“Yeah, very much so,” admitted Murphy. “His short kicking game is spot on. His ability to put the ball through along the ground, he’s got a real soft touch on his chip kick and his ability to kick to the edges on kick-passes and stuff like that is really good.

“So, the ball on the ground is going to be quite slippy and wet, so trying to tidy that up is going to be difficult along the line and we’ll have to be very aware about that.

“It’s about how you set up and where you leave the space. There’s always going to be space somewhere so you’ve got to just make sure that you limit the options for them as much as possible.”

At the other end of the spectrum from Best and Sexton, Josh van der Flier will be making his World Cup debut. His first memories of the tournament are of watching the 1999 final.

“We played a match that day with Wicklow Rugby Club and I lost a tooth. The tooth was coming loose and I’d lost it. I remember watching the final and holding an ice pack to my mouth. I don’t think the ice pack was doing much, it was probably just to make me feel better, but that’s probably my earliest memory.”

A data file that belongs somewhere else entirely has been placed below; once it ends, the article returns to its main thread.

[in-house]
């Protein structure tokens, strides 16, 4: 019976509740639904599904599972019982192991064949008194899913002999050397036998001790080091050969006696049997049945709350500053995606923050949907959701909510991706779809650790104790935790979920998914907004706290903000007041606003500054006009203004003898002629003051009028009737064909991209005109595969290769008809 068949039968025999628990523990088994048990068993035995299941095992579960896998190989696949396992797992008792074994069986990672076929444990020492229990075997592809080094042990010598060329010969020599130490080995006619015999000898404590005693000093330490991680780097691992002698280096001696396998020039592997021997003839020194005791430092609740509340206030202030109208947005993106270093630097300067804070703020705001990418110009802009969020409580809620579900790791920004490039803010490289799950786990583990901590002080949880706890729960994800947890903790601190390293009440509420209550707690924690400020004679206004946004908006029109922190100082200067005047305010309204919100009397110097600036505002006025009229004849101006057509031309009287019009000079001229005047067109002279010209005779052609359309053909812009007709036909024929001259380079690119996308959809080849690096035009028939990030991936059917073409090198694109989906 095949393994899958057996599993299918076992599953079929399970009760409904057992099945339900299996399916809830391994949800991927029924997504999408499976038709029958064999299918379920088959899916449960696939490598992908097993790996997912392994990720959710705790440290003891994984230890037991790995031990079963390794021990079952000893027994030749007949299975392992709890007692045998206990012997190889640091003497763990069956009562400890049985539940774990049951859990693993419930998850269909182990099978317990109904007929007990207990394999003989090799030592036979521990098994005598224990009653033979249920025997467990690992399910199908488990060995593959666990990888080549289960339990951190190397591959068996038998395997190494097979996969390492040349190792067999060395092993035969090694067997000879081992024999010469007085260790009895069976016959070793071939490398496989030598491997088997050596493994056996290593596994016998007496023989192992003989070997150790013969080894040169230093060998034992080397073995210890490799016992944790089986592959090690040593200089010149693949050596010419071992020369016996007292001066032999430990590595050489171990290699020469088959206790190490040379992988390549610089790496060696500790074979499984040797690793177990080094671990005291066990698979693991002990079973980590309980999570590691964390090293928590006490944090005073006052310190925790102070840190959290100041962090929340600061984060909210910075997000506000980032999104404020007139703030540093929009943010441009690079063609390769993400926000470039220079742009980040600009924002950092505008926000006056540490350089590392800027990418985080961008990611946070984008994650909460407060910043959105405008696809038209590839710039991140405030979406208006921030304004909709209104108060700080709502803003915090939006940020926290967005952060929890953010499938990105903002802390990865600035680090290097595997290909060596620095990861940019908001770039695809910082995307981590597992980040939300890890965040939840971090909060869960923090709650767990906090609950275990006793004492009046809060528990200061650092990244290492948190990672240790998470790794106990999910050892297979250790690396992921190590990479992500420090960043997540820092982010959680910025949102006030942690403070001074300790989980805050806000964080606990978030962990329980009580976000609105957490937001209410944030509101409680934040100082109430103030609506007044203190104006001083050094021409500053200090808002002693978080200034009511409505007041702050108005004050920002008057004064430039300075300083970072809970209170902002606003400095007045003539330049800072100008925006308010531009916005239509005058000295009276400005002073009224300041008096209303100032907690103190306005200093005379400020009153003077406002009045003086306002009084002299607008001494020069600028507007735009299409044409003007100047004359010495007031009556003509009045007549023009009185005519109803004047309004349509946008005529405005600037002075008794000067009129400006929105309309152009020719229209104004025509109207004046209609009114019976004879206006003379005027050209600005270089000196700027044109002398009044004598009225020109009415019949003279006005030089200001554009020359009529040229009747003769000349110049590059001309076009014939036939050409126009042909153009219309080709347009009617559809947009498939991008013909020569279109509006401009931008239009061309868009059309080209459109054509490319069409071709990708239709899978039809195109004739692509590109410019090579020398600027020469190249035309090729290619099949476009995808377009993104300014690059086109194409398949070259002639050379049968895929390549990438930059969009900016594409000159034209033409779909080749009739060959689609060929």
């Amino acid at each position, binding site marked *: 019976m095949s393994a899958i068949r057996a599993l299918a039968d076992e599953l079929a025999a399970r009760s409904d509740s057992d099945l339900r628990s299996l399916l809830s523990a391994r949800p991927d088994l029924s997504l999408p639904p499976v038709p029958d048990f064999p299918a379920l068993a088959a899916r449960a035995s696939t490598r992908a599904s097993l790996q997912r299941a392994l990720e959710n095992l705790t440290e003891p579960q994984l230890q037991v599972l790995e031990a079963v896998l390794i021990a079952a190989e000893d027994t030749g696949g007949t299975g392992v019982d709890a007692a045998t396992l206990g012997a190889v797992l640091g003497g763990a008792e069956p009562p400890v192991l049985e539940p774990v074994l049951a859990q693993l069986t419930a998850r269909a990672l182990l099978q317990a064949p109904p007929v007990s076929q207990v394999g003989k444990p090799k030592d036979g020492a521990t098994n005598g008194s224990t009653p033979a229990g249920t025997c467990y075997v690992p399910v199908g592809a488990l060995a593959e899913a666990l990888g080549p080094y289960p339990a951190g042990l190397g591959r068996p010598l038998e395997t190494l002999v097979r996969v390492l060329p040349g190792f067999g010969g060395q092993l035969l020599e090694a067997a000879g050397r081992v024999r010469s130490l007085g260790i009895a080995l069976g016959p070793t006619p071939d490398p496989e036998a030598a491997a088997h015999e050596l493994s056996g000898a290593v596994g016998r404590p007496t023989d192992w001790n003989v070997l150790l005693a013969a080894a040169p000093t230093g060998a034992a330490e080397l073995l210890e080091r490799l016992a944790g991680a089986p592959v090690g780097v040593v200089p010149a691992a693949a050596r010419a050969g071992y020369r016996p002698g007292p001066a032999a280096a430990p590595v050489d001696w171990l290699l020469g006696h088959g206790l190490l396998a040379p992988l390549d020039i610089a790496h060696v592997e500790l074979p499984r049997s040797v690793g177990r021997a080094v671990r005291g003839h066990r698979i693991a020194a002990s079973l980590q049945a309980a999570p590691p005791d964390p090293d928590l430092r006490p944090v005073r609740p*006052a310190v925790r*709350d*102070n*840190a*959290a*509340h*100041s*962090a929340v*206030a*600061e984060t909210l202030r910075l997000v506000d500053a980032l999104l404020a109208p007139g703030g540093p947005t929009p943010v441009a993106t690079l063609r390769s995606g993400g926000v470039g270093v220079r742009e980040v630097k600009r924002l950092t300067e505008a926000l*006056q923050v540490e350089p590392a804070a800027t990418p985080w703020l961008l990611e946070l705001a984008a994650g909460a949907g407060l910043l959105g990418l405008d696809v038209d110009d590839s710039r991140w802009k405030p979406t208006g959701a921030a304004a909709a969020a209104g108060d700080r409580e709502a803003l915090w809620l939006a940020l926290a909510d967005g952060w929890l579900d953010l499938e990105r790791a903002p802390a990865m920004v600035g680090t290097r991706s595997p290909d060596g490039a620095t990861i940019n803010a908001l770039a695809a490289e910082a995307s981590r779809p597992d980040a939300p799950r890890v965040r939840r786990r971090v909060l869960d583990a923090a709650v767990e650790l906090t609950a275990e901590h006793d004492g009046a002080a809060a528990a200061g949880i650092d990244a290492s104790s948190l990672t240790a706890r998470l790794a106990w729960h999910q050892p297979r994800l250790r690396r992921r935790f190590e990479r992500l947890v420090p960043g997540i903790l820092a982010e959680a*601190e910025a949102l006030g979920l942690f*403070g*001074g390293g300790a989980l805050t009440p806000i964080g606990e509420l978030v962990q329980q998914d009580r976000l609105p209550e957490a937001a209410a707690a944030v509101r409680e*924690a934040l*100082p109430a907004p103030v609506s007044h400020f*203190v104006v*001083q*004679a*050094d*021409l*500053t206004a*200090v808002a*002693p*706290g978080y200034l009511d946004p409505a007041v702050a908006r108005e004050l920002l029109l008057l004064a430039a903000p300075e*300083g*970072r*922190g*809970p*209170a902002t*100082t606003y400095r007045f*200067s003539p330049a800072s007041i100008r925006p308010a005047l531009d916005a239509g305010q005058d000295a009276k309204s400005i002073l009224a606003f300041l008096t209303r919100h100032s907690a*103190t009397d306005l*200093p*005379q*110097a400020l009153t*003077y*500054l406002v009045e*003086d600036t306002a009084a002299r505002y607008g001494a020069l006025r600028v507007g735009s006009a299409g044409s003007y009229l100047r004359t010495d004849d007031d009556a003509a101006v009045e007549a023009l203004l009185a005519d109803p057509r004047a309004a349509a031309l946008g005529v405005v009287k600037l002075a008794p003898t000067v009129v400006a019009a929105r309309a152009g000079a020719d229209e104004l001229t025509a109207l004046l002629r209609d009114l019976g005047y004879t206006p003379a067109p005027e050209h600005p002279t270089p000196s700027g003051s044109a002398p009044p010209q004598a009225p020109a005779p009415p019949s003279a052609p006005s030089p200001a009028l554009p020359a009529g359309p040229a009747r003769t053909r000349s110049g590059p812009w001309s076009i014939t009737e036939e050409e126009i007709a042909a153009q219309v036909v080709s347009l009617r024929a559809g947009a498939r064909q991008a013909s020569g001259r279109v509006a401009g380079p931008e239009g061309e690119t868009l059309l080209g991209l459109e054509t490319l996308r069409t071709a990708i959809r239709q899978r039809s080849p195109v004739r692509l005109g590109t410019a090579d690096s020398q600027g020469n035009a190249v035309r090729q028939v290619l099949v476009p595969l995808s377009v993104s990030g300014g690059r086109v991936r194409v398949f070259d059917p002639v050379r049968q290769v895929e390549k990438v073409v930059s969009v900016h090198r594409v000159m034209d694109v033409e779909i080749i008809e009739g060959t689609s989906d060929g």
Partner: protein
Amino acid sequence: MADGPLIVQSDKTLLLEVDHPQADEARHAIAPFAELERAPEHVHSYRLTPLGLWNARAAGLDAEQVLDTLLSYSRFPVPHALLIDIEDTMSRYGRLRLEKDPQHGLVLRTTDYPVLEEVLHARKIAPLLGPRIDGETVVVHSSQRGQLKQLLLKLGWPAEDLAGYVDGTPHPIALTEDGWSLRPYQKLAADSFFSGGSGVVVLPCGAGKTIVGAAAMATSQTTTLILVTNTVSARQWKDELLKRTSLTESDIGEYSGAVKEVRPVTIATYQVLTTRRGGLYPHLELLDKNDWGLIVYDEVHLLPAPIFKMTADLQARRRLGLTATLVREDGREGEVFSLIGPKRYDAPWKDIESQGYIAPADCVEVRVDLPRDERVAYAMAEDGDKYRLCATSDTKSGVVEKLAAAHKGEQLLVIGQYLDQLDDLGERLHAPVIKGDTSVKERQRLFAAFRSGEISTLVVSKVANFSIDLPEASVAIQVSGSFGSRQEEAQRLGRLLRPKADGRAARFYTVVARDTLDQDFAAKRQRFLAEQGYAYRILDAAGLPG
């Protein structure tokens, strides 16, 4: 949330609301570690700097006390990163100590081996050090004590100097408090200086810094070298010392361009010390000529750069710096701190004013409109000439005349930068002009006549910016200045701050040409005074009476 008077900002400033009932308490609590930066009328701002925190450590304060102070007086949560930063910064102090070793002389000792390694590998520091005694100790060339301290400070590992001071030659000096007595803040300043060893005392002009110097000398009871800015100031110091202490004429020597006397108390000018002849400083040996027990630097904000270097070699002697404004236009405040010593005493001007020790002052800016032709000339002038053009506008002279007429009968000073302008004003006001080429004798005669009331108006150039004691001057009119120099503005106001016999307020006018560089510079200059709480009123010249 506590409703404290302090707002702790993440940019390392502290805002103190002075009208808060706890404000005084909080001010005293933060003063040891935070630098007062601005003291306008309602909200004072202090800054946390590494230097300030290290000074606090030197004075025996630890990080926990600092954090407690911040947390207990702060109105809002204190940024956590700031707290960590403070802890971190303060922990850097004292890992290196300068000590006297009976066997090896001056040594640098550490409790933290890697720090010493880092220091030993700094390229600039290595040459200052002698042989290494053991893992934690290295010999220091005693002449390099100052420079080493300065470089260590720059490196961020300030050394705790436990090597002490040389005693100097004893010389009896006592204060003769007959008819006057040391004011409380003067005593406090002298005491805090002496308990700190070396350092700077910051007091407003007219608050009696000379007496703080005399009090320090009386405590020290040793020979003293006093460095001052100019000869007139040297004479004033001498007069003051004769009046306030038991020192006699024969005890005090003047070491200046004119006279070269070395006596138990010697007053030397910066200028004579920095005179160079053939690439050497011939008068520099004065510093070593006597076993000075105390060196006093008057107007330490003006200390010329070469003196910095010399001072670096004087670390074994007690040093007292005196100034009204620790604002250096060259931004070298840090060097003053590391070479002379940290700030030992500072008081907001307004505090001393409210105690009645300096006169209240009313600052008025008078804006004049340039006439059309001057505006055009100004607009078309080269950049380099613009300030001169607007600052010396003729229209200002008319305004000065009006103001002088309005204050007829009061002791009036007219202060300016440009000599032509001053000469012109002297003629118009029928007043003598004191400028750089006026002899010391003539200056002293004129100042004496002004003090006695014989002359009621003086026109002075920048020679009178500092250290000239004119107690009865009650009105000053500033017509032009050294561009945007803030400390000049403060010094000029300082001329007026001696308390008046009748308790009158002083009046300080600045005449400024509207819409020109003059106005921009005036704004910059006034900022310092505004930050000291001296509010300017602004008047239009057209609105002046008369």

Now he’s here.

“It’s mad really,” he admits. “It’s been a bit surreal to be finally in match week after, knowing for two years that this was the first game and the one everyone was aiming for.”

Ireland: Jordan Larmour; Andrew Conway, Garry Ringrose, Bundee Aki, Jacob Stockdale; Jonathan Sexton, Conor Murray; Cian Healy, Rory Best (C), Tadhg Furlong; Iain Henderson, James Ryan; Peter O’Mahony, Josh van der Flier, CJ Stander.

Replacements: Niall Scannell, Dave Kilcoyne, Andrew Porter, Tadhg Beirne, Jack Conan, Luke McGrath, Jack Carty, Chris Farrell.